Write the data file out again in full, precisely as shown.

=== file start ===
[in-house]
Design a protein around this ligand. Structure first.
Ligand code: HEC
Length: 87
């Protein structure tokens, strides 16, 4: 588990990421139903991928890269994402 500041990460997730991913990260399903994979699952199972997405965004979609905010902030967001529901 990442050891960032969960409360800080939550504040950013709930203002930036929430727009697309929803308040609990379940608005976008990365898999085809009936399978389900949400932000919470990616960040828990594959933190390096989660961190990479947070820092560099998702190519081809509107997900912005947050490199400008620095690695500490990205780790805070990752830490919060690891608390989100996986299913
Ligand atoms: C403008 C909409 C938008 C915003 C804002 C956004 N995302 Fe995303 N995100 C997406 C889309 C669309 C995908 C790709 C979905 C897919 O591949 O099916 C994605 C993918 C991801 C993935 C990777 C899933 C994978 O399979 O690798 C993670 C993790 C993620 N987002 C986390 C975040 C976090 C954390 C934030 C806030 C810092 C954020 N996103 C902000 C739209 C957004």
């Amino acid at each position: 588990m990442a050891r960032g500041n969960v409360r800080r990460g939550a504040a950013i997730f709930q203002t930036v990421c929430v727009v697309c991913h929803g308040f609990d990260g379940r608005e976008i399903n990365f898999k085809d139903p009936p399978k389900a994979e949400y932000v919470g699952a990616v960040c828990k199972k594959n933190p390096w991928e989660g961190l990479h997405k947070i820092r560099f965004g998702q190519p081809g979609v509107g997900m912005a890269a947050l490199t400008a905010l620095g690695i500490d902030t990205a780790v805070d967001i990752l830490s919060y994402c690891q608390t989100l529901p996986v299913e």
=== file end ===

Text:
[in-house]
Design a protein around this ligand. Structure first.
Ligand code: HEC
Length: 87
């Protein structure tokens, strides 16, 4: 588990990421139903991928890269994402 500041990460997730991913990260399903994979699952199972997405965004979609905010902030967001529901 990442050891960032969960409360800080939550504040950013709930203002930036929430727009697309929803308040609990379940608005976008990365898999085809009936399978389900949400932000919470990616960040828990594959933190390096989660961190990479947070820092560099998702190519081809509107997900912005947050490199400008620095690695500490990205780790805070990752830490919060690891608390989100996986299913
Ligand atoms: C403008 C909409 C938008 C915003 C804002 C956004 N995302 Fe995303 N995100 C997406 C889309 C669309 C995908 C790709 C979905 C897919 O591949 O099916 C994605 C993918 C991801 C993935 C990777 C899933 C994978 O399979 O690798 C993670 C993790 C993620 N987002 C986390 C975040 C976090 C954390 C934030 C806030 C810092 C954020 N996103 C902000 C739209 C957004």
């Amino acid at each position: 588990m990442a050891r960032g500041n969960v409360r800080r990460g939550a504040a950013i997730f709930q203002t930036v990421c929430v727009v697309c991913h929803g308040f609990d990260g379940r608005e976008i399903n990365f898999k085809d139903p009936p399978k389900a994979e949400y932000v919470g699952a990616v960040c828990k199972k594959n933190p390096w991928e989660g961190l990479h997405k947070i820092r560099f965004g998702q190519p081809g979609v509107g997900m912005a890269a947050l490199t400008a905010l620095g690695i500490d902030t990205a780790v805070d967001i990752l830490s919060y994402c690891q608390t989100l529901p996986v299913e």